Salt Lake Community College Esports, introduced to the Athletics Department in January 2020, is poised to pick up again next spring with the hiring of a veteran coach.
Jeffrey Sosa, a former competitor and the new program director, aims to highlight esports – short for electronic sports – as a viable form of competition. Sosa enters the role with an extensive background in competition: He competed in tournaments for the video game “Halo 2,” and majored in ballroom education at Brigham Young University.
Sosa has been developing esports programs throughout the Alpine School District and previously maintained the role of esports director at Westlake High School.
“We are just thrilled to have him [Sosa] here,” said Kevin Dustin, director of athletics and recreation at SLCC.
Dustin decided to bring esports to SLCC after hearing buzz through traditional sports circles. He recalled receiving many questions about esports from colleagues and friends, and said the Scenic West Athletic Conference considered the idea of adding esports to their program.
Globally, the esports market was valued at over $1.38 billion in 2022, according to Statista, and is projected to reach $1.86 billion by 2025. Total worldwide viewership of esports reached 532 million this year.
“We saw some demonstrations, some games were played; we began to understand the equipment needed … but I saw it from a new set of eyes,” Dustin said.
With a new understanding of esports, Dustin elevated the previously student-run club to the Athletics Department at the beginning of 2020. The pandemic caused the program to waver in enrollment and publicity, but now, Dustin is enthusiastic about its future with the welcoming of Sosa.
For Sosa, the term “esports” can be used interchangeably with sports in conversation.
“There have been key players that showed some kids just need a place to go … and esports is their place,” Sosa said speaking about his experience as esports director with Westlake High School, adding that he watched the program explode in popularity.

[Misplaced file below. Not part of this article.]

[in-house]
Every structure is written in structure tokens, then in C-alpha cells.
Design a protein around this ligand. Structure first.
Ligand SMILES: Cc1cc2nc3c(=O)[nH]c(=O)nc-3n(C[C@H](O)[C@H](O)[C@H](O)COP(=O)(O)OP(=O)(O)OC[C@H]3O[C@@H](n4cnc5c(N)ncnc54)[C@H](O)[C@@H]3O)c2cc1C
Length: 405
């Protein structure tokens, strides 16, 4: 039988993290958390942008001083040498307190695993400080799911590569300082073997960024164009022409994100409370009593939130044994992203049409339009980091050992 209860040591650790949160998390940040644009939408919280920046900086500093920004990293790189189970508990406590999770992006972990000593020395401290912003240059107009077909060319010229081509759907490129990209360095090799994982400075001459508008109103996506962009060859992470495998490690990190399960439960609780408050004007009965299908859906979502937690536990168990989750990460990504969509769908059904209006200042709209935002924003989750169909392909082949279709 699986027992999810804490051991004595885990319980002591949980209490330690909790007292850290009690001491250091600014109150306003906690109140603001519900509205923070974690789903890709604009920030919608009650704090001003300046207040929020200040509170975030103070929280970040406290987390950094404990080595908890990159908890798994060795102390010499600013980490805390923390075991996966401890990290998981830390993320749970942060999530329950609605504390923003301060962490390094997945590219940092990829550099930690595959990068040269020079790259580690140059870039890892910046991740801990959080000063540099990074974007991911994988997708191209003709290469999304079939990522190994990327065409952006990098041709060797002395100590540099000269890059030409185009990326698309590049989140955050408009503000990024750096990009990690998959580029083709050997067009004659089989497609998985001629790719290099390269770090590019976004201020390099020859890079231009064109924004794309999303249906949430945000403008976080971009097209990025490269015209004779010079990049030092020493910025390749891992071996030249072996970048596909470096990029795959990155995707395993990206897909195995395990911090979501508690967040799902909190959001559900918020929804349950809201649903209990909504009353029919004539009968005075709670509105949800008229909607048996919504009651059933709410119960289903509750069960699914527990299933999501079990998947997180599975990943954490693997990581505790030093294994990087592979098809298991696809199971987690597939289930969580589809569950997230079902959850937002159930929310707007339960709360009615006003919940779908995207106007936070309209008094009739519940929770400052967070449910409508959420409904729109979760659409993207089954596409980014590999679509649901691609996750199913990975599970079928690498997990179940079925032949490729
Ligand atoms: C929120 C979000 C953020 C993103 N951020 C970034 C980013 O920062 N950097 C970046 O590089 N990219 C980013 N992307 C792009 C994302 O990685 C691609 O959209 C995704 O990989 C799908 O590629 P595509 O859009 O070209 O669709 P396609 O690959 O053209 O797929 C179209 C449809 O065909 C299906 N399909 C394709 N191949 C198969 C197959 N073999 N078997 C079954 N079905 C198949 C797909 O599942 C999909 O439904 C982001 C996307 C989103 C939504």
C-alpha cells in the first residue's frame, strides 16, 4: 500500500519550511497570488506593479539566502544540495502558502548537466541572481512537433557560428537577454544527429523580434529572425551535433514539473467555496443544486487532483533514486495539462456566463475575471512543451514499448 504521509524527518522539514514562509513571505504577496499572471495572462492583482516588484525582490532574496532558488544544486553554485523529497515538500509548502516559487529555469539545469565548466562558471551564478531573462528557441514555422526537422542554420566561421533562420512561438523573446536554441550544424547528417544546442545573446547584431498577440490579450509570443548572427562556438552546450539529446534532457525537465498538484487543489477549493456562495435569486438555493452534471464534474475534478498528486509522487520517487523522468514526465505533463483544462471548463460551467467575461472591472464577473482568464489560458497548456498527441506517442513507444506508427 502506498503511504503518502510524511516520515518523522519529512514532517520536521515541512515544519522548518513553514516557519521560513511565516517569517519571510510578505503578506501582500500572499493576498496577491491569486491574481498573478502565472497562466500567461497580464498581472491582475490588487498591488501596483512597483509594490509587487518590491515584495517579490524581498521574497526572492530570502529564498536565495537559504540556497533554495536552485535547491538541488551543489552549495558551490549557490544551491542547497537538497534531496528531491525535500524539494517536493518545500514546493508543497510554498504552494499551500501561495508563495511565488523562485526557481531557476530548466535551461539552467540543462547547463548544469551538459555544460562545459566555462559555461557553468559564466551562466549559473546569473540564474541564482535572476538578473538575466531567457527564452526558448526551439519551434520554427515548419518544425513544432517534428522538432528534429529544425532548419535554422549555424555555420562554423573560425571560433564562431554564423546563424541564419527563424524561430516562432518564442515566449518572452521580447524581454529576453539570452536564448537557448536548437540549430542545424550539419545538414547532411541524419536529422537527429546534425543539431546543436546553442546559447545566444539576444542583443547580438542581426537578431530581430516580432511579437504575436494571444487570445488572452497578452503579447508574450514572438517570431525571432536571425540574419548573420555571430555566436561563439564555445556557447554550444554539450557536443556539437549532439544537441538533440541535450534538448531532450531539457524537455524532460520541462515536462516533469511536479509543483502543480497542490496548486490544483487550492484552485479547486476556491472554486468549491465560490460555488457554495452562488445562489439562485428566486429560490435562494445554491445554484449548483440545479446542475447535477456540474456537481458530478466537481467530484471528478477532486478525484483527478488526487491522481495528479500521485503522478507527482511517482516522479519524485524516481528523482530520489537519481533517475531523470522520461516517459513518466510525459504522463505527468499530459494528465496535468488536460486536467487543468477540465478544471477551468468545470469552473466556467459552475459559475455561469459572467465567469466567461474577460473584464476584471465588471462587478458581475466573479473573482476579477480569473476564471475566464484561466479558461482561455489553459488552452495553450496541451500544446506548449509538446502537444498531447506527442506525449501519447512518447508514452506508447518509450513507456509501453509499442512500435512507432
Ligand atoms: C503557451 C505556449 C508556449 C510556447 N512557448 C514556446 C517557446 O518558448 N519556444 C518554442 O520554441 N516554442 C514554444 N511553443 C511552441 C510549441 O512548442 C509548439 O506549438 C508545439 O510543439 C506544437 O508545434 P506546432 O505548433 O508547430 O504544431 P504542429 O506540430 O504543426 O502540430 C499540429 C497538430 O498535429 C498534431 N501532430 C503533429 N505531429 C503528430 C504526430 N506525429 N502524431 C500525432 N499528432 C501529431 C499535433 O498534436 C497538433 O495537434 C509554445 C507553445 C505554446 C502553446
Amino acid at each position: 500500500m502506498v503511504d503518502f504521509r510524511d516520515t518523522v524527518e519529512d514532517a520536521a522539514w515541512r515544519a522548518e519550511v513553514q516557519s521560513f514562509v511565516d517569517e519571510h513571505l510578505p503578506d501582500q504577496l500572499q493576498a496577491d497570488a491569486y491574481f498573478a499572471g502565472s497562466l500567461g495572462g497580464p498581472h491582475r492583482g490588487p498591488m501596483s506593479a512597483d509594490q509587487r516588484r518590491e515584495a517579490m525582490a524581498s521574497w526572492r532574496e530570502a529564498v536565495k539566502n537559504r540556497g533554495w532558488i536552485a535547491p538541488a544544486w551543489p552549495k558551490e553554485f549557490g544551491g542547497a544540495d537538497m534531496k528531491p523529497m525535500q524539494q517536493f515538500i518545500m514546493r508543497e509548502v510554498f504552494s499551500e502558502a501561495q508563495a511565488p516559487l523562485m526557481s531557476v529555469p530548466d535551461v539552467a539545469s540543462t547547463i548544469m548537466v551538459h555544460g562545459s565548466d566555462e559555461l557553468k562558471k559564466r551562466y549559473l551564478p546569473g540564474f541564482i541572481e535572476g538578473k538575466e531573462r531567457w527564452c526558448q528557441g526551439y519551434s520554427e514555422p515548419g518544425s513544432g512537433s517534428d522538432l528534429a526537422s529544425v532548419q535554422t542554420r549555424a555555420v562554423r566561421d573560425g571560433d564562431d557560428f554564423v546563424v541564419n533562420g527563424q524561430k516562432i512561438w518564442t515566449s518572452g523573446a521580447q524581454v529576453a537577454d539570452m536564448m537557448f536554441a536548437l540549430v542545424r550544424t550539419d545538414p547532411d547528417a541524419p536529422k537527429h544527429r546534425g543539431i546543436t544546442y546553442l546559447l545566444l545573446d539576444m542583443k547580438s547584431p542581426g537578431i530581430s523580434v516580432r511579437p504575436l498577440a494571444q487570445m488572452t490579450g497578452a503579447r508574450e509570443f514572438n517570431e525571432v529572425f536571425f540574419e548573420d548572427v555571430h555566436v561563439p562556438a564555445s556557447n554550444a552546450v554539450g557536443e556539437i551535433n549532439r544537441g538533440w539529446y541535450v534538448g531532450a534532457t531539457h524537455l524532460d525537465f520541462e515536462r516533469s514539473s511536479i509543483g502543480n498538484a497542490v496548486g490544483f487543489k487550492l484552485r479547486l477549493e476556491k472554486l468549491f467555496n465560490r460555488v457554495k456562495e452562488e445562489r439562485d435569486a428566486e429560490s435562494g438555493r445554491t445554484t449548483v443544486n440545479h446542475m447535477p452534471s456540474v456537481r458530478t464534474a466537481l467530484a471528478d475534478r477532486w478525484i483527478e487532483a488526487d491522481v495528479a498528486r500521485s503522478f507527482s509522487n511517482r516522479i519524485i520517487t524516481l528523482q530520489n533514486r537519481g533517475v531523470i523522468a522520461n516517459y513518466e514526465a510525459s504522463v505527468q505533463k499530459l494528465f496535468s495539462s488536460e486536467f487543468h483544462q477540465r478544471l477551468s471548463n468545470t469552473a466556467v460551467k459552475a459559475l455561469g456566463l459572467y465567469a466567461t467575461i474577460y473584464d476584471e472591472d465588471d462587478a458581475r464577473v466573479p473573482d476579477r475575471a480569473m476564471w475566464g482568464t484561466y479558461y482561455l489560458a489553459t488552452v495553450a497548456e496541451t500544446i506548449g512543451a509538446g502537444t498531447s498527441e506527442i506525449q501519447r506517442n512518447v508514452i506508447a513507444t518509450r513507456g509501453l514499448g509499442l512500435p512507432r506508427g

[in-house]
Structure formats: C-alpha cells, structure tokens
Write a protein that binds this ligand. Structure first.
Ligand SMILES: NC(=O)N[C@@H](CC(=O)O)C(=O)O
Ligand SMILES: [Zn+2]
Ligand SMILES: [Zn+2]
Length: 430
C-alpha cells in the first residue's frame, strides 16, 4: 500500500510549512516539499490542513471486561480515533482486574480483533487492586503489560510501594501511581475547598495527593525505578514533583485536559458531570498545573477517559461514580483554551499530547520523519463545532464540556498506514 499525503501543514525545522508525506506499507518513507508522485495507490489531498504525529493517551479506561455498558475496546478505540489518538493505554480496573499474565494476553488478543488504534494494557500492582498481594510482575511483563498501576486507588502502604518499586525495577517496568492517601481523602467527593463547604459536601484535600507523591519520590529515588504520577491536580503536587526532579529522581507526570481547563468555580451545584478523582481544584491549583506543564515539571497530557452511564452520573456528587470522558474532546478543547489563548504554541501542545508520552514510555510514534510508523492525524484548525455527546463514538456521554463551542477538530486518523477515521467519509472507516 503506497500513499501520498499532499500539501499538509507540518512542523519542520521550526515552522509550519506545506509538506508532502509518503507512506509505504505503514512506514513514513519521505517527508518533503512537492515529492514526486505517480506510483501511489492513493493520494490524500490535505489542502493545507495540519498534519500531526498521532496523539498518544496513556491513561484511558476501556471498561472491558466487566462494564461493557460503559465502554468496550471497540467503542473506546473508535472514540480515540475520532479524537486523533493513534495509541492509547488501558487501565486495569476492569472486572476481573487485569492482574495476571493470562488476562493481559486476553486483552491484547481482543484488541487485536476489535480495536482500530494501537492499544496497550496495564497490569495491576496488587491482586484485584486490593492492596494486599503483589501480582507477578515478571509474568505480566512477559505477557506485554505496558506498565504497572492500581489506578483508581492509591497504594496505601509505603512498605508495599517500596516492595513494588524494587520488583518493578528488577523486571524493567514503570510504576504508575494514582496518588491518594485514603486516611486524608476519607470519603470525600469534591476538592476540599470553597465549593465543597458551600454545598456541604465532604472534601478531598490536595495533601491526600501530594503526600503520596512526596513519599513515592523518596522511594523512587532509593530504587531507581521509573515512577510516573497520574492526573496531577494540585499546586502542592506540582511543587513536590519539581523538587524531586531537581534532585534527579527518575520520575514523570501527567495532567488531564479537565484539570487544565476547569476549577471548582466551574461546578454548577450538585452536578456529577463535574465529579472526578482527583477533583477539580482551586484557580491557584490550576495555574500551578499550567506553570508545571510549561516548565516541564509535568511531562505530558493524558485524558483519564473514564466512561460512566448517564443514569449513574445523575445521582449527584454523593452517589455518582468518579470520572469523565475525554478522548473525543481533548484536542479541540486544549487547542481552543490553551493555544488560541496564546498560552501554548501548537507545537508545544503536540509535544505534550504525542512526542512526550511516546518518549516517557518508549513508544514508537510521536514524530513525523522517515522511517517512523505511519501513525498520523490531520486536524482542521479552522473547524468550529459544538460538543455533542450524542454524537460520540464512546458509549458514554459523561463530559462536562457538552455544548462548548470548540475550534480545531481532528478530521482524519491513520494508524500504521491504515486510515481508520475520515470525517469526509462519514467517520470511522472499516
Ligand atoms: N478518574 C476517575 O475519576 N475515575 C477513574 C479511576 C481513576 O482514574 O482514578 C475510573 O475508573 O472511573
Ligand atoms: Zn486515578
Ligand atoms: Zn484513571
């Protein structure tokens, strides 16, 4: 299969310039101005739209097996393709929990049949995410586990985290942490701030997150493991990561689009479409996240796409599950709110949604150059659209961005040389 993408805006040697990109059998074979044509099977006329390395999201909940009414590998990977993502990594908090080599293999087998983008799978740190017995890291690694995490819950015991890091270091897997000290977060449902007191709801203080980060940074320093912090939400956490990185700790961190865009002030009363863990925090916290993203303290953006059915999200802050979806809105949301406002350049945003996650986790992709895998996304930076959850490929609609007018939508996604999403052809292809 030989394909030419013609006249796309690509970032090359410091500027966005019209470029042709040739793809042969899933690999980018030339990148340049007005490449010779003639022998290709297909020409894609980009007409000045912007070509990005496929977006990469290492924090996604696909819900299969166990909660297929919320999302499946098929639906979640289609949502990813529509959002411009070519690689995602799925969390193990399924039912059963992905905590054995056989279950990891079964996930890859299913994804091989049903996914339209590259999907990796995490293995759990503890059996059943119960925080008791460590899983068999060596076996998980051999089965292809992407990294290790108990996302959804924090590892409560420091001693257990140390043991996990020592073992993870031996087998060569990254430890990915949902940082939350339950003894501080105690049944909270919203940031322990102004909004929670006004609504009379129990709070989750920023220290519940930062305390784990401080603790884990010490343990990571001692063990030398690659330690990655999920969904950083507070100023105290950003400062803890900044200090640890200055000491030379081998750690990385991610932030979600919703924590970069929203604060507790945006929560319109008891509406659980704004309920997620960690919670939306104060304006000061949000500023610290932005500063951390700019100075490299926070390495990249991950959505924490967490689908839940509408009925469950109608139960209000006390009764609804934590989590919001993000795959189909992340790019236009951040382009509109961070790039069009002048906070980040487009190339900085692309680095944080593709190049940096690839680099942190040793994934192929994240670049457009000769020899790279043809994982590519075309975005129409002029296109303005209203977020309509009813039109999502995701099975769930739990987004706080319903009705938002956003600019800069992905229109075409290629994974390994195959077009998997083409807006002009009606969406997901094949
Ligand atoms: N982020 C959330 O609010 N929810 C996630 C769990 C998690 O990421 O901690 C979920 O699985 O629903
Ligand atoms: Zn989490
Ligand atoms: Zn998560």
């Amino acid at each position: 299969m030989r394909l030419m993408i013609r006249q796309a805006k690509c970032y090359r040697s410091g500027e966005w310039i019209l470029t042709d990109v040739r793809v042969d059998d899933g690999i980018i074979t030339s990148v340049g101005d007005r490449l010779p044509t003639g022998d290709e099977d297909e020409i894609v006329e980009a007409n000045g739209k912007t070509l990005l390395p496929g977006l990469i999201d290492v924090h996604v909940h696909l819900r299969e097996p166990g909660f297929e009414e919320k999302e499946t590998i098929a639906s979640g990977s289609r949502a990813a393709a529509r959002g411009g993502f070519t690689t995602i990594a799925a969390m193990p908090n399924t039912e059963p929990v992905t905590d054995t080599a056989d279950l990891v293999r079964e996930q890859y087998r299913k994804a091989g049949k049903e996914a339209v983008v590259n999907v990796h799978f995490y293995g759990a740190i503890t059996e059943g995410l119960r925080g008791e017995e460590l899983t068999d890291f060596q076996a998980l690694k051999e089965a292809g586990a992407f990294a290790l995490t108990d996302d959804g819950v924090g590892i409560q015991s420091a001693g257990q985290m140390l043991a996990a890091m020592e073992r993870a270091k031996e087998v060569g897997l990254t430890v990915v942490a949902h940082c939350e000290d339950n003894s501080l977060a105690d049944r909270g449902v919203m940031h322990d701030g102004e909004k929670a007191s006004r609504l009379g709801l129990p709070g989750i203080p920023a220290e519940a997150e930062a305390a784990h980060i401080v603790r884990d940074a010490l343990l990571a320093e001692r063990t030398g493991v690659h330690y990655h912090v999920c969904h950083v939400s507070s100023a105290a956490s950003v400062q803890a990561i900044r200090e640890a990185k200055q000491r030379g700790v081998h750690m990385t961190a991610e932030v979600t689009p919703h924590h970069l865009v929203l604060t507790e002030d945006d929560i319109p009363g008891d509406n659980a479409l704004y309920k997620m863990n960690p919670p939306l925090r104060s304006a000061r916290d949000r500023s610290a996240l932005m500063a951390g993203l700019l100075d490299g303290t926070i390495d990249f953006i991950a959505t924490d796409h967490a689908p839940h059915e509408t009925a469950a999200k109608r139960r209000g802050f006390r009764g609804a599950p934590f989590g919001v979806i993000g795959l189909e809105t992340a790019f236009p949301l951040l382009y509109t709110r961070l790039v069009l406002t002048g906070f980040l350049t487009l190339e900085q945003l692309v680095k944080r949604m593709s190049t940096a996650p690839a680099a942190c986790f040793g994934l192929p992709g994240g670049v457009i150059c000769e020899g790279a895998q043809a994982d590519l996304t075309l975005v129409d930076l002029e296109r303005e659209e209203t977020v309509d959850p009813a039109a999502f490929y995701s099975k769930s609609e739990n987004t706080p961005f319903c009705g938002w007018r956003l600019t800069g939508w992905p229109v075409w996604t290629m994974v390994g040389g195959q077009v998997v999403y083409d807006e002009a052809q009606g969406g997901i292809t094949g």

“We began with maybe six people,” he continued. “By the end of my time there, [numbers] were in the 80s.”
The prize for students is typically scholarship money. Within the school esports organizer PlayVS, for example, prize pools range from $10,000 to $50,000. A new player in the world of Utah high school esports organizers is Ken Garff Esports, which holds the Fall Festival Regional at different Utah colleges across the state.
In an attempt to gather the funding needed for SLCC Esports, Dustin emphasized the importance of studying where these programs are already popular, such as Westlake High School.
Sosa intends to grow SLCC Esports through his knowledge of traditional sports experience, but he expects the initial startup to take some time, citing challenges in finding space and equipment. Equipment includes computers strong enough to run games at a competitive level.
Sosa and Dustin are also in the middle of deciding where to station the program. Athletic programs are primarily located at the Taylorsville Redwood Campus, but both make the argument that the audience for competitive video games is more aligned with the courses that South City Campus offers.
Sosa said he’s hopeful about the direction of SLCC Esports, and is aiming for equipment and space availability in January, followed by an enrollment push this spring semester.
SLCC Esports will hold an informational meeting for students this Friday at 7 p.m. in the Lifetime Activities Center, located on the Taylorsville Redwood Campus.